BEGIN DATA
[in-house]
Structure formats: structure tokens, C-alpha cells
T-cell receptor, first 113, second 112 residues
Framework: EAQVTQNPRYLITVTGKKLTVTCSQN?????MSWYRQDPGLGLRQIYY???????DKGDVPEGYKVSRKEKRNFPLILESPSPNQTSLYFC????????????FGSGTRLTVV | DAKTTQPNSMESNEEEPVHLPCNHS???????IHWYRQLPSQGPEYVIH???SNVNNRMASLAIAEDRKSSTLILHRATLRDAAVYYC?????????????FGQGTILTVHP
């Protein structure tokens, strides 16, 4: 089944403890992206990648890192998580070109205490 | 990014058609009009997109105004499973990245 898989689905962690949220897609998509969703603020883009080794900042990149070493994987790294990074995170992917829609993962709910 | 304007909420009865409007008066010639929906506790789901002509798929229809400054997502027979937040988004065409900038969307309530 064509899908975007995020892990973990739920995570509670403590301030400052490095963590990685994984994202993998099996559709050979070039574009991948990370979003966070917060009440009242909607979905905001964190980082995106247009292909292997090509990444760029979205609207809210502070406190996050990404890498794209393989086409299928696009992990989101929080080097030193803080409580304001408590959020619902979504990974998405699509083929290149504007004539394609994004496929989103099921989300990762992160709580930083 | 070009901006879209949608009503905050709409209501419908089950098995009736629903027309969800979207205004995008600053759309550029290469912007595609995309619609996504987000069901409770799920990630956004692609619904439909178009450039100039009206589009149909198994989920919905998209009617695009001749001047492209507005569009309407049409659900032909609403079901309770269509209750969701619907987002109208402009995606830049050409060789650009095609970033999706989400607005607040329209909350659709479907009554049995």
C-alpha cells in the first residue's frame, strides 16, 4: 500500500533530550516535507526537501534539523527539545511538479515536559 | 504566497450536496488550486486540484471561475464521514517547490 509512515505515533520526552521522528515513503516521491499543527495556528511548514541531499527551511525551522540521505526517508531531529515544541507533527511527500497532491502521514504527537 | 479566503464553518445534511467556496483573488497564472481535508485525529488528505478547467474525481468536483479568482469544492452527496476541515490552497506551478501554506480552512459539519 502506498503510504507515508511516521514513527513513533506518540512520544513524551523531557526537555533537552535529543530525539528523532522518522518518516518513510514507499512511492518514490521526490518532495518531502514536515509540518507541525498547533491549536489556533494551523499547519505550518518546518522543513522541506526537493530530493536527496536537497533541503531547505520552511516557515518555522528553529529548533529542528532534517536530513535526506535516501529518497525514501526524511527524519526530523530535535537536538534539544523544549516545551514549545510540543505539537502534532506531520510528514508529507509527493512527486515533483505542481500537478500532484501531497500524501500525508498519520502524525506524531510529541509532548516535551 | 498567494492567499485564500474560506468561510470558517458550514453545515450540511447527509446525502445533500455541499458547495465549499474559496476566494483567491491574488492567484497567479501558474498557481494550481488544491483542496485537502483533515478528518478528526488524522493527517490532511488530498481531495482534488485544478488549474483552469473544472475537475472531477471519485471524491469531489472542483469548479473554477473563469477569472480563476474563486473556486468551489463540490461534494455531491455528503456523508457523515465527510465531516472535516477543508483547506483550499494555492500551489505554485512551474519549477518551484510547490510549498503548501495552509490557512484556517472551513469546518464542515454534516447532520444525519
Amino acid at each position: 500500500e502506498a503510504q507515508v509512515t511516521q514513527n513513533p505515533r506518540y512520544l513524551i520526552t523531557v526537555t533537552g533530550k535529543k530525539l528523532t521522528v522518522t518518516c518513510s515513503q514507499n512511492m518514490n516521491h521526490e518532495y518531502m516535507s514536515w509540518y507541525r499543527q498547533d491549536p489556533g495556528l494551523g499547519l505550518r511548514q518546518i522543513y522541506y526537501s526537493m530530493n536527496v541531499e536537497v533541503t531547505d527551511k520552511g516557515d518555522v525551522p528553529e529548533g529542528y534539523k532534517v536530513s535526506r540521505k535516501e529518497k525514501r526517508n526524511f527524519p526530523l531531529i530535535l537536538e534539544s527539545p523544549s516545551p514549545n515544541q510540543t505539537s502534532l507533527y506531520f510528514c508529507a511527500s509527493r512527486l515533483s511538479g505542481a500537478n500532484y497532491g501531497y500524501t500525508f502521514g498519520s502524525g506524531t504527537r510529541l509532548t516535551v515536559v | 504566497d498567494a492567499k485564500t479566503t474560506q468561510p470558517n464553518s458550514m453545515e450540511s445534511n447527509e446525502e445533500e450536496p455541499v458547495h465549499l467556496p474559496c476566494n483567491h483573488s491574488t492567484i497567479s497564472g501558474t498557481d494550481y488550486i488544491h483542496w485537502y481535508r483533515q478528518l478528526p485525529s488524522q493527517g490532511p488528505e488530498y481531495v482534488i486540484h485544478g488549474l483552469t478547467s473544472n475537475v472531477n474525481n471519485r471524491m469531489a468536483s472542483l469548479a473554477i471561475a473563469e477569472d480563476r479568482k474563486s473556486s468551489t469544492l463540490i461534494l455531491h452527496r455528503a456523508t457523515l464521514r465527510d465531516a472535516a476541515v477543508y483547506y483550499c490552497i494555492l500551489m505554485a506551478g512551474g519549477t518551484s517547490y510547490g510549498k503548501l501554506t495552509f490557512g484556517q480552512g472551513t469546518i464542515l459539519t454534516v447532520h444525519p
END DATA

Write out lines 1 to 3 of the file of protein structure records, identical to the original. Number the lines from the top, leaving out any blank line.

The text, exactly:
[in-house]
Structure formats: structure tokens, C-alpha cells
T-cell receptor, first 113, second 112 residues